Thursday, November 21, 2013

Full Circle

Over ten years ago, I drove up to New Hampshire for the weekend, ostensibly to decorate my family's vacation home for the holidays. In the back of my SUV, I carried an oversized cardboard box with an artificial Christmas tree (some assembly required), a Tupperware container of glass ornaments, and a case of red and white wine, hand-picked for the outing, at the Hampton state liquor store (a virtual vending machine paradise that my children came to regard, euphemistically, as the candy store.) The truth is, I did plan to trim the tree, hang the stockings, and decorate the house, but I was really going away without my young family so I could drink.

At the house, I poured a glass of Merlot, ripped open the cardboard box, and to my horror, laid eyes on dozens of individually wrapped, color-coded plastic tree branches, and pages of instructions. I distinctly recall thinking, rather gleefully, "I may run out of patience, but I won't run out of wine." I inserted a lot of twisted, metal-tipped branches into pre-drilled holes that night, and I drank the way I wanted to---alone, and into the wee hours. To my surprise in the morning, the completed tree looked pretty good. My reflection in the mirror told a different story.

The memory of that winter weekend flashed back yesterday while I was standing in the fake Christmas tree aisle at Lowe's. As a child, I only knew artificial trees; my parents would never go to the trouble of displaying a real tree in the living room, but once married, with children of my own, it became tradition to tag, chop, and drag the prize home. I honored that tradition for a good, long time, but those days are behind me now. My children are grown, and it's up to me to decide which traditions to maintain, and which ones to create anew. Standing there in the aisle, I couldn't take my eyes off a 7 1/2-foot GE, pre-lit, frasier fir, looking surprisingly like the real deal. I wrestled with my decision, but I can think things through today. By the time I dragged that box up three flights of stairs into my apartment, made a cup of lemon tea, cut open the box (to blessedly find three pieces, not dozens, and a one-sided sheet of instructions), stacked the sections, and fanned out the branches, I knew---I'd come full circle.

I'm going up north again tomorrow, this time to Vermont, and I won't be alone, by golly. I'll be with a whole pack of women, sober women, women happy to be alive, celebrating this season with zest, vigor, a whole lot of laughter, and---no wine.

Friday, November 1, 2013

Meditation: Simply Notice

A group of women gathered at my studio last week to be trial subjects in an upcoming meditation workshop one of the women is presenting this month. Volumes have been written trumpeting the practical benefits of meditation, yet all too often I hear, "I can't do it. I can't quiet my mind. It doesn't work for me." Somewhere along the spiritual continuum, a lot of folks missed the point.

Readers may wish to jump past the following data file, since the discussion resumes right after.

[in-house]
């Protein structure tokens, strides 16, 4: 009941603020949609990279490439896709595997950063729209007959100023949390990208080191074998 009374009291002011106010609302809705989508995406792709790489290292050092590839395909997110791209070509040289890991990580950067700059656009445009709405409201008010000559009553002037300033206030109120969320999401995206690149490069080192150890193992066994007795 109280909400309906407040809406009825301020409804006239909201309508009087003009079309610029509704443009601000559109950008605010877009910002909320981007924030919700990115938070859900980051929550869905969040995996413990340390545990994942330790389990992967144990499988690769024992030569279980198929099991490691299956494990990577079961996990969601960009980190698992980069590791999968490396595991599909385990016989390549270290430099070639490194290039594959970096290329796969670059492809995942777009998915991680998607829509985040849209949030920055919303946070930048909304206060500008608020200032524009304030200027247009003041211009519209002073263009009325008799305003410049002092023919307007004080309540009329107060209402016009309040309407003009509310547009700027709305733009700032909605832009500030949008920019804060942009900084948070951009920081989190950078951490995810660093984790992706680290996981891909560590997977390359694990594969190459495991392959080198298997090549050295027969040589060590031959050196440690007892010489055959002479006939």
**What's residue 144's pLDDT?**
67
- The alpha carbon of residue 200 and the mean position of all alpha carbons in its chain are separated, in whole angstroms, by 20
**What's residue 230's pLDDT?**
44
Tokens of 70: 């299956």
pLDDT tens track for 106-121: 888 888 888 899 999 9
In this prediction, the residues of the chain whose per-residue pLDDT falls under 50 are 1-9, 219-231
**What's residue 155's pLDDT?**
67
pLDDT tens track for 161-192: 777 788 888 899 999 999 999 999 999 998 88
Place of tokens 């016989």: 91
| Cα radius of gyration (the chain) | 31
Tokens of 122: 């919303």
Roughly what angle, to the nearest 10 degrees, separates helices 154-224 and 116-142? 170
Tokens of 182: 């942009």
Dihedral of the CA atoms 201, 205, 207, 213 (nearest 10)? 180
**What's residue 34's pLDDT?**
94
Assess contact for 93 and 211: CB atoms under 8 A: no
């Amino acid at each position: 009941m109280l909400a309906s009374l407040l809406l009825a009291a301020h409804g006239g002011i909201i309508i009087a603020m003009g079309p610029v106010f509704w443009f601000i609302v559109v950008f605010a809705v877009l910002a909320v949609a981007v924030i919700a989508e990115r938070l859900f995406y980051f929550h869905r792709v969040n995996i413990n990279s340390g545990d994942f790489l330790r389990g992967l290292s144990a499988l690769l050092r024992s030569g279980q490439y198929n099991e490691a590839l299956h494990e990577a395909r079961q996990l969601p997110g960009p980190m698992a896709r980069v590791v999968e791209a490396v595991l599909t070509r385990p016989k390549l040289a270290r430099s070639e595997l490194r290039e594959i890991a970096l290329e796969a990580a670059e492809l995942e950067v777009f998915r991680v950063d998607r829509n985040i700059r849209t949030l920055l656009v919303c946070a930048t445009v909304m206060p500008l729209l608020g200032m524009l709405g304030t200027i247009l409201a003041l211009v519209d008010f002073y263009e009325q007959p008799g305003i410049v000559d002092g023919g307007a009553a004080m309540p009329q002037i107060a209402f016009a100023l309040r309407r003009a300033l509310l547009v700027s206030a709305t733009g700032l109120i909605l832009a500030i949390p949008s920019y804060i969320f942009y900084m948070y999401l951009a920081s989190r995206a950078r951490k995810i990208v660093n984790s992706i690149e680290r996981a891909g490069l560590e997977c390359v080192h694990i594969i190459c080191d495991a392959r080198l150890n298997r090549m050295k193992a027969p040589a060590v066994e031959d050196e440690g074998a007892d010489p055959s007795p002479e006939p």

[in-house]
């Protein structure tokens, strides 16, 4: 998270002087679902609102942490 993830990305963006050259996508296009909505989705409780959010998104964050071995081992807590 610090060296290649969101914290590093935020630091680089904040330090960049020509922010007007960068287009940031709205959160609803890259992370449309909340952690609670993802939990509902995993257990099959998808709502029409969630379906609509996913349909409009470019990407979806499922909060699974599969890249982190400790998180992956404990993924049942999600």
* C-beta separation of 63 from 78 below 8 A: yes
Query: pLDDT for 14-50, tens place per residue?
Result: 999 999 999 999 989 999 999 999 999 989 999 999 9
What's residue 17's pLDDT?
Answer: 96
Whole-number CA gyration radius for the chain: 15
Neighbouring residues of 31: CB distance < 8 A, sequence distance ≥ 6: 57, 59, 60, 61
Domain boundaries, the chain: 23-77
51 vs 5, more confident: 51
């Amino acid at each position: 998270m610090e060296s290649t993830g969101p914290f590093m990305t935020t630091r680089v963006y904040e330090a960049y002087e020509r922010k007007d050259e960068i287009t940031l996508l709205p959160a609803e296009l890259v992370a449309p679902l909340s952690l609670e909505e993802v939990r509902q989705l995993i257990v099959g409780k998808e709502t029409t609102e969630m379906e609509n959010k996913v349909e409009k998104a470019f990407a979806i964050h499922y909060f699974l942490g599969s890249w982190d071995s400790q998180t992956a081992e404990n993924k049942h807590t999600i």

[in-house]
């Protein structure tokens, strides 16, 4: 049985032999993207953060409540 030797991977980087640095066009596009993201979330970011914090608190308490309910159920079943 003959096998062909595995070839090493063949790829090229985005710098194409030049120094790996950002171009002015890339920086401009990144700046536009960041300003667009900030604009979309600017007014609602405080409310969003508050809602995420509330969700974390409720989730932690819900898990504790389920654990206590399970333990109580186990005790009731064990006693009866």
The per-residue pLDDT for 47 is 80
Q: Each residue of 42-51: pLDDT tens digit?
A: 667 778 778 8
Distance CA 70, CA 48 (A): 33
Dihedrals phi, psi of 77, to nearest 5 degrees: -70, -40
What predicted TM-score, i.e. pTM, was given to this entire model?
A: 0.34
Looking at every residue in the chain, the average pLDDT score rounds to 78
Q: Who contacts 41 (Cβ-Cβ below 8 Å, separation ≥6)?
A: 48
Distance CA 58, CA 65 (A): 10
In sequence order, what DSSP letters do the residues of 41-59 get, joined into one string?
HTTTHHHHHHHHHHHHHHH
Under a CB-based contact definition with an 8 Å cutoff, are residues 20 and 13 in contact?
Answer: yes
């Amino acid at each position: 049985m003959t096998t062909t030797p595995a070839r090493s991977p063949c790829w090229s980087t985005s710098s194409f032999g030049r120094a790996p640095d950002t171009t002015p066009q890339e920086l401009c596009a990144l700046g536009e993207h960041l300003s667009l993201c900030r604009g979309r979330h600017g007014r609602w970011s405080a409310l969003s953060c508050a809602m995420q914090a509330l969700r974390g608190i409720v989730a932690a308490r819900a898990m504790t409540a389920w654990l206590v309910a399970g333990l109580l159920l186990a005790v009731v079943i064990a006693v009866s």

I don't practice to relax. I don't practice to quiet my mind. I don't practice to become a better meditator. I practice to notice. I practice to let go, without attachment, without judgement. If you're waiting for the perfect moment, the perfect mood, the perfect cushion, clothing, music, incense, CD, you are cheating yourself out of one of the most useful tools in our wellness arsenal. 

Try this. Find a spot to sit undisturbed for a few minutes---start slow. Get comfortable. Set your timer. Close your eyes. Breathe. When the siren outside screams past, notice (don't curse), the sound. When the cat jumps into your lap, notice the sensation. When your mind revisits the argument you had with your partner last night, notice the thought. Don't judge sounds, sensations, thoughts. Don't get mad at your mind for dragging you into the past, racing you into the future. Notice, then let go, detach. Stay. Breathe. Repeat, and then repeat the process again tomorrow, and the day after that.

You can't do this wrong. You can only not do it, and in not meditating, you are depriving yourself of learning to coexist peacefully with the world around you. Practically speaking, this means, the next time another driver cuts you off in traffic, notice, do not attach, do not react. Instead of railing against a co-worker's procrastination to complete a needed task, notice your resistance, your frustration, and in that moment of noticing, choose, without malice, without judgement, the higher thought. 

Notice. Simply notice.